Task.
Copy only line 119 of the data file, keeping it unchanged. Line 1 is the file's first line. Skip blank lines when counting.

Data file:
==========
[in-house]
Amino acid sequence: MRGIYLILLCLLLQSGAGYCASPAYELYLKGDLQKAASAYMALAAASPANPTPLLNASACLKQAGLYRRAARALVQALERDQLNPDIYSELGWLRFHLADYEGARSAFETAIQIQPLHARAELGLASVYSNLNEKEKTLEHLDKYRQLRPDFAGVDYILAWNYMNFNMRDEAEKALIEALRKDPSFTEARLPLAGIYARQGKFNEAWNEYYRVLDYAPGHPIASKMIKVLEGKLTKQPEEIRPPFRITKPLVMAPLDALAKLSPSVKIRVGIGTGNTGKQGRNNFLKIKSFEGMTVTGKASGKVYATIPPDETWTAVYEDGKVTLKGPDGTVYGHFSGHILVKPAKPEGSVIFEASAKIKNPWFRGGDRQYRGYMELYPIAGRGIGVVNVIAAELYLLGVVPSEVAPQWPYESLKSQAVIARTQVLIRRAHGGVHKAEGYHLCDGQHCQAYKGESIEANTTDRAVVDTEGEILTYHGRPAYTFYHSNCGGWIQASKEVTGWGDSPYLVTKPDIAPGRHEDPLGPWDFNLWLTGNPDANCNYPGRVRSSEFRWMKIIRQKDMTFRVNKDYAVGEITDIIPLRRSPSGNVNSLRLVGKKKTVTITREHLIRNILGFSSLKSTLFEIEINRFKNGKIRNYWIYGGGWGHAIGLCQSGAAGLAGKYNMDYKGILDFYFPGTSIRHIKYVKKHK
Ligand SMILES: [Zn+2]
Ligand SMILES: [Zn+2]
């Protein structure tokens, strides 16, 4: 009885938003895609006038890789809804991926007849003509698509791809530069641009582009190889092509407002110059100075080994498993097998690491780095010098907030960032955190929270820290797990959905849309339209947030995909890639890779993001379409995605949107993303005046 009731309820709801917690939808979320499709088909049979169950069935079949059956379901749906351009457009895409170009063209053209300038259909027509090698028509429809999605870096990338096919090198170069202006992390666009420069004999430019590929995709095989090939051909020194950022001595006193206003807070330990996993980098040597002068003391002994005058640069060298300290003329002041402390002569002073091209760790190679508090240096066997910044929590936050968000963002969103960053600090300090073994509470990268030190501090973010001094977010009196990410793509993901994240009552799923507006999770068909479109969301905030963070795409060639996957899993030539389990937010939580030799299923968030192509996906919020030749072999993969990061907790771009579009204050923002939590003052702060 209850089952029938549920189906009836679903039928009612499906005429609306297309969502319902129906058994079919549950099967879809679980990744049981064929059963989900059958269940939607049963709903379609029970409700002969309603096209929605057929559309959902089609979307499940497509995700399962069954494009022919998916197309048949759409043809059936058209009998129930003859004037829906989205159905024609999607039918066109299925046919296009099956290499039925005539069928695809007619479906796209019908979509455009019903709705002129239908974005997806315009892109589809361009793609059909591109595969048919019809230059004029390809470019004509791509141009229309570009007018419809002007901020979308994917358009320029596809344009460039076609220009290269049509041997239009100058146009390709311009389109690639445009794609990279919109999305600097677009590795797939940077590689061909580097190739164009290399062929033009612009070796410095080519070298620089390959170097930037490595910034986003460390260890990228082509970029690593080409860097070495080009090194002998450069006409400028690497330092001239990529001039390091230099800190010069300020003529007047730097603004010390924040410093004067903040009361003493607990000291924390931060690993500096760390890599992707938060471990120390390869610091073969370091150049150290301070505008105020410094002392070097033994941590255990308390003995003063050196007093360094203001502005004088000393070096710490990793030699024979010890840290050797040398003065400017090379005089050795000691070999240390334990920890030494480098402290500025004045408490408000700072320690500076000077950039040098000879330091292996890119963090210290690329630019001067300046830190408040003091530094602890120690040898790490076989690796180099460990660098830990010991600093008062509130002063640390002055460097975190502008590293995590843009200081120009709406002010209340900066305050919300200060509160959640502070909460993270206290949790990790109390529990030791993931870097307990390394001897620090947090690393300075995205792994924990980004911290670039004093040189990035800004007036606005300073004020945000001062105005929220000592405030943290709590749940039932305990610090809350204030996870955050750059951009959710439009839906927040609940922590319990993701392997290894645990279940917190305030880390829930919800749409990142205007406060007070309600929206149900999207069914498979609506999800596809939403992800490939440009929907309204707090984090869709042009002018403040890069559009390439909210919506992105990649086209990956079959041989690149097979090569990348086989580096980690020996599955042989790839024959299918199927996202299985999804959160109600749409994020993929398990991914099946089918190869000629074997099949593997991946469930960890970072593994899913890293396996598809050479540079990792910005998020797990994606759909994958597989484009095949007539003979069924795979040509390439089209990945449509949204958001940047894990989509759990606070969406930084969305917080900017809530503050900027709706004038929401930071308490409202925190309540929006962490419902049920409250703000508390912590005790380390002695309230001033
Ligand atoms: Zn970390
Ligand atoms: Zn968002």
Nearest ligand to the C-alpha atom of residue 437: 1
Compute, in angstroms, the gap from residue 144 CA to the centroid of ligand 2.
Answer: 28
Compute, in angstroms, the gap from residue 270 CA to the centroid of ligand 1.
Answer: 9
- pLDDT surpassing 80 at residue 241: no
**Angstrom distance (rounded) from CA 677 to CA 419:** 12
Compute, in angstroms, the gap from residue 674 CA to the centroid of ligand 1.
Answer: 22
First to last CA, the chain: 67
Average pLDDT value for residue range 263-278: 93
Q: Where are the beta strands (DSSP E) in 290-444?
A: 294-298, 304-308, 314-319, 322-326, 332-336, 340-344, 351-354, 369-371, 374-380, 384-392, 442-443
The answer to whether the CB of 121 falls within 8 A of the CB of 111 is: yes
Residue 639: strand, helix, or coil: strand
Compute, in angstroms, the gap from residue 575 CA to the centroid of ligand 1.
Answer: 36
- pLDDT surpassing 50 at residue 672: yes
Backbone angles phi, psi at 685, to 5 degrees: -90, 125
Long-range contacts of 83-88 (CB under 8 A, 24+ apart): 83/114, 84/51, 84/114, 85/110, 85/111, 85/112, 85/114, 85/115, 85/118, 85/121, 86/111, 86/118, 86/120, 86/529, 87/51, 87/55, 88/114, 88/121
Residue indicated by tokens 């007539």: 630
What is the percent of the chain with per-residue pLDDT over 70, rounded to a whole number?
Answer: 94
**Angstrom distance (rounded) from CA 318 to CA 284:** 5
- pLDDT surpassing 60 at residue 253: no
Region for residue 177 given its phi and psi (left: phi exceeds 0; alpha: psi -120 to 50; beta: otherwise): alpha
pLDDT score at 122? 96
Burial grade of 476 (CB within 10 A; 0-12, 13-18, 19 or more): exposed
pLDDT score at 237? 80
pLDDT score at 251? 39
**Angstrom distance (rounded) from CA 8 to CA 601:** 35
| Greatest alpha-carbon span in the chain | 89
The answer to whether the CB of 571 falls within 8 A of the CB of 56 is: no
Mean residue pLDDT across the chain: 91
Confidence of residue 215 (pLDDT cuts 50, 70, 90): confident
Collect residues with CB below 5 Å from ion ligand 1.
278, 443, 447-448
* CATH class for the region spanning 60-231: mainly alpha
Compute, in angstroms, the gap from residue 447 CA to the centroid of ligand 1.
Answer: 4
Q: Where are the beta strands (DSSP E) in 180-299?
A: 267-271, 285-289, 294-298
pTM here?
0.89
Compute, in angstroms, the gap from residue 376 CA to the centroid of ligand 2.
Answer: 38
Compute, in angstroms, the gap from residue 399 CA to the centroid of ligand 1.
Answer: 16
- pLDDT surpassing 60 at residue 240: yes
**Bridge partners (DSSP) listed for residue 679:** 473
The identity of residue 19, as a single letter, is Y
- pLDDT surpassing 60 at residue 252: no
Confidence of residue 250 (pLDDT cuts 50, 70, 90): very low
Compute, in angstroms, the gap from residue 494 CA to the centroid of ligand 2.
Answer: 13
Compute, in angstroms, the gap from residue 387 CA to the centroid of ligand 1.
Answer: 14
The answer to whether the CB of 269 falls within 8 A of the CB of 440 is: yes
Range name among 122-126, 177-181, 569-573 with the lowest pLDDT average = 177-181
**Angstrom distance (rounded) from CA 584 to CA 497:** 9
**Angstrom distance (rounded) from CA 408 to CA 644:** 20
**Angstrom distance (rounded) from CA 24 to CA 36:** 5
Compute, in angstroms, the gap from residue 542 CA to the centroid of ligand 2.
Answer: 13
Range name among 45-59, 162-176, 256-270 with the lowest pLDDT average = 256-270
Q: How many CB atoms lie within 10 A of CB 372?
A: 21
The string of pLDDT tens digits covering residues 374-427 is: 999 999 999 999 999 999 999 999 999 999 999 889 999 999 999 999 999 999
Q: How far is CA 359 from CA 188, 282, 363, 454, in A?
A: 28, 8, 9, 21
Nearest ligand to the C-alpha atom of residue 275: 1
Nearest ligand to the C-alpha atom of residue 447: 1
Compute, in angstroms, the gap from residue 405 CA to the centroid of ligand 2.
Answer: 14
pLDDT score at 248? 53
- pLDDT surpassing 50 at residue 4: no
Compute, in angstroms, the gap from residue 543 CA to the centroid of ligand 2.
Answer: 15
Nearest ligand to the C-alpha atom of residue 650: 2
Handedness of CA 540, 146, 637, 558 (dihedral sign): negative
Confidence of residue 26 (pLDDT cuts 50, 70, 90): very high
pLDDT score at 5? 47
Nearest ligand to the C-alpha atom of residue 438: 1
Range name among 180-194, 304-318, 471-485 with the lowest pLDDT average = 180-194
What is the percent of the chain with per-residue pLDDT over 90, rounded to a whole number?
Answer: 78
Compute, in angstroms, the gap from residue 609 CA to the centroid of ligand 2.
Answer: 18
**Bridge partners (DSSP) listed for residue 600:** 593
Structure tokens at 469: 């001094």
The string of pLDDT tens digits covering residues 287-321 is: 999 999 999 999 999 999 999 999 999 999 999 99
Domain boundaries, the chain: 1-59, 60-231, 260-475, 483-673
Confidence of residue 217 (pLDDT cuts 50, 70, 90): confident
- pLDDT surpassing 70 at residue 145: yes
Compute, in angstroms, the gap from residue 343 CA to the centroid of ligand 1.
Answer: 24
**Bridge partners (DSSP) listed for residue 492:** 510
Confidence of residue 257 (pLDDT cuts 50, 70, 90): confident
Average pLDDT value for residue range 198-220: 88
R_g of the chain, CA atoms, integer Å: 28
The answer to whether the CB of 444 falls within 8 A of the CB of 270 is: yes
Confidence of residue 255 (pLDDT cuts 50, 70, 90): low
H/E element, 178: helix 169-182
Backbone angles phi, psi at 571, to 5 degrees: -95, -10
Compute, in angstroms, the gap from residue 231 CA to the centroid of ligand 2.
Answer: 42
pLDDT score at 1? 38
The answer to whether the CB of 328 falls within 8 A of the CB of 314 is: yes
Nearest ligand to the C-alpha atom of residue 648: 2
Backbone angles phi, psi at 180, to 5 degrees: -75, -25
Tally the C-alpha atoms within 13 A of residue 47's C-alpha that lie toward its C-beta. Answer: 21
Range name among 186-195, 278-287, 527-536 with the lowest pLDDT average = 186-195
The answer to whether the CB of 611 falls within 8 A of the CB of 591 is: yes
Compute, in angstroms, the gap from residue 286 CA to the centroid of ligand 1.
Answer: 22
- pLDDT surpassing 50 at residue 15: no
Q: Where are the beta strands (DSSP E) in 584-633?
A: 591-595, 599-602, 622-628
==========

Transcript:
Range name among 186-195, 278-287, 527-536 with the lowest pLDDT average = 186-195